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Thromb Haemost. 1997 Sep;78(3):1063-8.

Ultrasound reversibly disaggregates fibrin fibers.

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Department of Medicine, University of Rochester School of Medicine & Dentistry, NY, USA.


Ultrasound accelerates fibrinolysis in vitro and in vivo, primarily through non-thermal mechanisms including cavitation. We have previously observed that ultrasound reversibly increases flow through fibrin gels, a property primarily determined by the structure of the fibrin matrix. Therefore, the effect of ultrasound on the ultrastructure of fibrin gels was examined using scanning electron microscopy. Non-crosslinked fibrin gels were fixed and prepared for microscopy before, during and after exposure to 1 MHz ultrasound, and quantitative analysis of fiber population density and diameter was performed. Gels exposed and fixed in the presence of ultrasound exhibited an increase in density of 65 +/- 26% (mean +/- SD) at 4 W/cm2 (p <0.000001) accompanied by a decrease in fiber diameter of 27 +/- 9% (p <0.000001). Gels fixed 15 min following ultrasound exposure showed no significant change in either density or diameter compared to unexposed gels, indicating that the ultrasound-induced change in fiber structure was reversible. Factor XIII-crosslinked fibrin gels exhibited no change in population density or diameter when exposed to ultrasound. These results indicate that ultrasound exposure causes reversible disaggregation of uncrosslinked fibrin fibers into smaller fibers, an effect that may alter flow resistance and create additional binding sites for fibrinolytic components, improving fibrinolytic efficacy.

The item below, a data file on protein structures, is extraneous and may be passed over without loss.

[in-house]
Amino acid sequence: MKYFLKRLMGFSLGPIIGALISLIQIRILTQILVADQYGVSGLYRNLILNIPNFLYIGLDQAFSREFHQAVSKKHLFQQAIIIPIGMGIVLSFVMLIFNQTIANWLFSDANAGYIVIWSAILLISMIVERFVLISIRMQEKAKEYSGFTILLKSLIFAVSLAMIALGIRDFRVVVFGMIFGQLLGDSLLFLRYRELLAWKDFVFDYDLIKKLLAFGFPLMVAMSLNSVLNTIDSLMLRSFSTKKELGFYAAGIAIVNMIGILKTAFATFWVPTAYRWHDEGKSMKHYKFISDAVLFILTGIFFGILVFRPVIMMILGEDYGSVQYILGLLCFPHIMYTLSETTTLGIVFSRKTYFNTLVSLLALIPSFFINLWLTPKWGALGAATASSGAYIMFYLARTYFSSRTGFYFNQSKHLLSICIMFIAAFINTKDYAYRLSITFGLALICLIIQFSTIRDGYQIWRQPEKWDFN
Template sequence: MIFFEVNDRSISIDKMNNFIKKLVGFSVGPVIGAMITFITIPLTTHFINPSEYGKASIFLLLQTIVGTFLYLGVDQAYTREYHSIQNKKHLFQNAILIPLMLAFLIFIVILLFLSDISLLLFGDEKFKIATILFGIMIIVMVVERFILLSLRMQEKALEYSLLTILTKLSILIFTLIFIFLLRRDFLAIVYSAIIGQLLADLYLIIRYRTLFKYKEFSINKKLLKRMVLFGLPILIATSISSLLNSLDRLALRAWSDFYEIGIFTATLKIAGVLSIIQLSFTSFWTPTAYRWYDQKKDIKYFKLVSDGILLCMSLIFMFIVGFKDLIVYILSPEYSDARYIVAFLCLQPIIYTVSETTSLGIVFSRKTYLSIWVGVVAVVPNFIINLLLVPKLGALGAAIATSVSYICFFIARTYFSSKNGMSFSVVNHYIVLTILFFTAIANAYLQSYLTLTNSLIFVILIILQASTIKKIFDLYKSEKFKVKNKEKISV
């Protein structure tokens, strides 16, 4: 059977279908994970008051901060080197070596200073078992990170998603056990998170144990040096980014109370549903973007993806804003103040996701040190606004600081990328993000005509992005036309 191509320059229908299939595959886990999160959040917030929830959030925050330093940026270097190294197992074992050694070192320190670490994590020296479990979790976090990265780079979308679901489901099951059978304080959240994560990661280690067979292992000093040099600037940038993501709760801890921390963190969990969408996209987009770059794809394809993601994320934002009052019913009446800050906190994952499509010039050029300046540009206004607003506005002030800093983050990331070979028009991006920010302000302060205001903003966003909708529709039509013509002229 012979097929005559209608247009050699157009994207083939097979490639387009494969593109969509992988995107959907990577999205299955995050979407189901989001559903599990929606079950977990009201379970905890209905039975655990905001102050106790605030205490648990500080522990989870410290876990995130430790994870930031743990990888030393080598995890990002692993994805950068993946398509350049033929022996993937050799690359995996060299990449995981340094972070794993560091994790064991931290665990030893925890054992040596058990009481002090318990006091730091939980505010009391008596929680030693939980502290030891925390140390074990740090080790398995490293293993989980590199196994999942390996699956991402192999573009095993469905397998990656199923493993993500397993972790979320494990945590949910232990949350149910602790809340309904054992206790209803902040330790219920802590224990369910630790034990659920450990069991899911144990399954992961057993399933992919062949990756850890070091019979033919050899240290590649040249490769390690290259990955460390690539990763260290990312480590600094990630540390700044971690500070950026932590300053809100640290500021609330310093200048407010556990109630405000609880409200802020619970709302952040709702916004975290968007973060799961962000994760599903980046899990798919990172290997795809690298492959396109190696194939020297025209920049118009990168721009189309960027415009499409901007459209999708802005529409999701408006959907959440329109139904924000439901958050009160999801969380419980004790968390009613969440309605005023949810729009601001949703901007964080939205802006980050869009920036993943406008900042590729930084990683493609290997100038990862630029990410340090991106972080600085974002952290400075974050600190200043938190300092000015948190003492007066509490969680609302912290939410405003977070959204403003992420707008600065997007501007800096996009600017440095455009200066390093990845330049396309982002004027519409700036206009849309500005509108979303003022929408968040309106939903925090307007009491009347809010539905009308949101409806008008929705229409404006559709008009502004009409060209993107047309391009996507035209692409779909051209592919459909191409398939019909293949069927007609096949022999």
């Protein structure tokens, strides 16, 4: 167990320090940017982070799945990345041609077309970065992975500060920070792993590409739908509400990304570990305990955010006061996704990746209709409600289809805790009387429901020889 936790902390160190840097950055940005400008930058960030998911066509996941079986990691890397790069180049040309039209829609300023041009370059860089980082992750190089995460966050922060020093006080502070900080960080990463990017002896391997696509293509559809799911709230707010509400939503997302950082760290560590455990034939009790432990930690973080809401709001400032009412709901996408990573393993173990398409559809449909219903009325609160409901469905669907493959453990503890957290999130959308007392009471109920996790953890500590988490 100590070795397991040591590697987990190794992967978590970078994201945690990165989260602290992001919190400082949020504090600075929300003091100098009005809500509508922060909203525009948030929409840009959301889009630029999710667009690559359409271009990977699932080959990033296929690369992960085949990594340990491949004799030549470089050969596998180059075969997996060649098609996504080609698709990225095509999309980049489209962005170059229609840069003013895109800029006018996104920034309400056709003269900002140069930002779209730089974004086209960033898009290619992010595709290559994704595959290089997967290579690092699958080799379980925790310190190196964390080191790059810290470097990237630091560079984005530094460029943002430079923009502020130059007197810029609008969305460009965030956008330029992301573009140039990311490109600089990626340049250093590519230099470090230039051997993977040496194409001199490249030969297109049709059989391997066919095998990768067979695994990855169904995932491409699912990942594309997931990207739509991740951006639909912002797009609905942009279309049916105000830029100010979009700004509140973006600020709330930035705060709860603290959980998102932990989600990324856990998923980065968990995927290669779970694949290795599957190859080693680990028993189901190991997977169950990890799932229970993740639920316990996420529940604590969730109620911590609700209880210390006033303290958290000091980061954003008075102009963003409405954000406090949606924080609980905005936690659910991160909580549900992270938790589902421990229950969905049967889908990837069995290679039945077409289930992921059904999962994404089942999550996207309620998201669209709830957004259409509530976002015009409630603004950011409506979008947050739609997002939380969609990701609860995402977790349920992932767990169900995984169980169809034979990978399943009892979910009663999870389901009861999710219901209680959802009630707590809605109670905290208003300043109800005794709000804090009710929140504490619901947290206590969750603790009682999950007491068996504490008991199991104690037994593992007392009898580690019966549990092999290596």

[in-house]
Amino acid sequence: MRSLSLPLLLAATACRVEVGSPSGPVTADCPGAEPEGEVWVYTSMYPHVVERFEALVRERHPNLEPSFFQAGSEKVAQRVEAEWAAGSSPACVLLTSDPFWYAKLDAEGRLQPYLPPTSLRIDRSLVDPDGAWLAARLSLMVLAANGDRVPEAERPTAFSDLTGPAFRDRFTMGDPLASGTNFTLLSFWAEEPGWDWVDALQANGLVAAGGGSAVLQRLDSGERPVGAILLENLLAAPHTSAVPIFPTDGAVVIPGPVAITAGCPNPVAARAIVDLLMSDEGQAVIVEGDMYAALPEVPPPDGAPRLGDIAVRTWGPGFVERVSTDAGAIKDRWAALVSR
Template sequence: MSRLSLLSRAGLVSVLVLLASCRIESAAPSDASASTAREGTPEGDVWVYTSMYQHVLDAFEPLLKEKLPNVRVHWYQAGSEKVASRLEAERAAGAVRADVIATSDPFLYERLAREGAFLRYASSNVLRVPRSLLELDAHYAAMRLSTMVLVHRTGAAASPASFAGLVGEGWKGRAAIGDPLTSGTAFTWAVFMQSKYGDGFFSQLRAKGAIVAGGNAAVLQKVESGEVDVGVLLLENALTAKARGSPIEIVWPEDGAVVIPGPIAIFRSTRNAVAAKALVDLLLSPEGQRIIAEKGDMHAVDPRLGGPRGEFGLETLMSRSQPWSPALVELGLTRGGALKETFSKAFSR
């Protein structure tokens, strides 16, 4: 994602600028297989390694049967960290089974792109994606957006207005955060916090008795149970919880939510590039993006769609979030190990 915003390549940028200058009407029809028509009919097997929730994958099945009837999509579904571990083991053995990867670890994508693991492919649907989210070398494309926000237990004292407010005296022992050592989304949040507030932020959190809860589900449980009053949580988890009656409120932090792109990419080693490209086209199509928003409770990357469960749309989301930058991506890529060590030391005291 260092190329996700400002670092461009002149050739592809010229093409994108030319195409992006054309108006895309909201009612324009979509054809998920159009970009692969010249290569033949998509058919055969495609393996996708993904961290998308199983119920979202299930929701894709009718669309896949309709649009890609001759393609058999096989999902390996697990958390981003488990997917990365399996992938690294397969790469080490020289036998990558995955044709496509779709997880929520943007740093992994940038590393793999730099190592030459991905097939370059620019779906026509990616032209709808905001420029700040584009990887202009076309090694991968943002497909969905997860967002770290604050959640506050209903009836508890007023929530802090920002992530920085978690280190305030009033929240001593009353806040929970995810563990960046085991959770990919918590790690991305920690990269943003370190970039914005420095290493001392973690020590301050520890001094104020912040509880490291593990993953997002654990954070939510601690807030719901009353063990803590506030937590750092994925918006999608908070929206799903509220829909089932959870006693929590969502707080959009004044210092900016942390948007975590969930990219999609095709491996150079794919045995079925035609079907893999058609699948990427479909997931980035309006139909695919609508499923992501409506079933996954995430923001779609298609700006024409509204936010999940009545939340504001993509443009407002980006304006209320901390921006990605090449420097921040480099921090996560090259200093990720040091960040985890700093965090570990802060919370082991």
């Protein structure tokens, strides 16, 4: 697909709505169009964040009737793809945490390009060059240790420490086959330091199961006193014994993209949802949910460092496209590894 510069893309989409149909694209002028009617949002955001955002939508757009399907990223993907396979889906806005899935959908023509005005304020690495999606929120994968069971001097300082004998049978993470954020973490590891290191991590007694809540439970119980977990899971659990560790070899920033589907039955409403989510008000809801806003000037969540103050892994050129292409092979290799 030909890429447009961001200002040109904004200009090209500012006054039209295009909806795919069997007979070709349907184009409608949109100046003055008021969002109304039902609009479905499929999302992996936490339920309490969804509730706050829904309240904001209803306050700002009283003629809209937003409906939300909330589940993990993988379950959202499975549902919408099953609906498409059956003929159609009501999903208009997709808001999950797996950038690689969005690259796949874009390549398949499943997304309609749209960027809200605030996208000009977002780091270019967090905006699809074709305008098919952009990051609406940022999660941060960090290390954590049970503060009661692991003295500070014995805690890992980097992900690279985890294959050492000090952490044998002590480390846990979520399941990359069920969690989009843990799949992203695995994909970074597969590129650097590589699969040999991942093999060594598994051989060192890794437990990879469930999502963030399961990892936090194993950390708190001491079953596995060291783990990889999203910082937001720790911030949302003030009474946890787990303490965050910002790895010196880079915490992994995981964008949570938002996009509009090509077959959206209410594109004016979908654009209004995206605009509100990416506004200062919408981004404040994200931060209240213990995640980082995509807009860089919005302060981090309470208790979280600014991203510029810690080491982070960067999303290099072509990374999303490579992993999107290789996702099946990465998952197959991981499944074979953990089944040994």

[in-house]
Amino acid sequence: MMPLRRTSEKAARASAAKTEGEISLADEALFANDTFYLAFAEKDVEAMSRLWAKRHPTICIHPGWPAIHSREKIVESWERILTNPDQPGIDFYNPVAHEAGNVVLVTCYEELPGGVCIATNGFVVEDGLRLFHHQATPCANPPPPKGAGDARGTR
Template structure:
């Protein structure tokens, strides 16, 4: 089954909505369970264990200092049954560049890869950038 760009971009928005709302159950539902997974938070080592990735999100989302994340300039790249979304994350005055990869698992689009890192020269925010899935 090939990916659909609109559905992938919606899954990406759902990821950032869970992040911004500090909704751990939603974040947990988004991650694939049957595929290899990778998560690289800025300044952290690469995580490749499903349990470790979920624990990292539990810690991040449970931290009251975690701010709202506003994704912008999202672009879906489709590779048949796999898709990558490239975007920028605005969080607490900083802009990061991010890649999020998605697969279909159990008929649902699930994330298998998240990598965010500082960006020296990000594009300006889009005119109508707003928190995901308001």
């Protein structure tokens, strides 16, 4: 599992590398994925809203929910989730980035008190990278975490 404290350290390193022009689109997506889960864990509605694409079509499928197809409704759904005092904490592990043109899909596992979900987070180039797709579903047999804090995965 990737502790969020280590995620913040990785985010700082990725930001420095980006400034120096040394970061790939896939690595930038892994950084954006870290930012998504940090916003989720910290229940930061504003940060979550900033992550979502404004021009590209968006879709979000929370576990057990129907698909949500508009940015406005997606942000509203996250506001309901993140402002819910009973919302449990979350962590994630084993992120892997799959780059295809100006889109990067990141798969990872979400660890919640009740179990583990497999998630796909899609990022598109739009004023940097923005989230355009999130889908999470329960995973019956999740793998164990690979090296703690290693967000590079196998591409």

[Indexed for MEDLINE]

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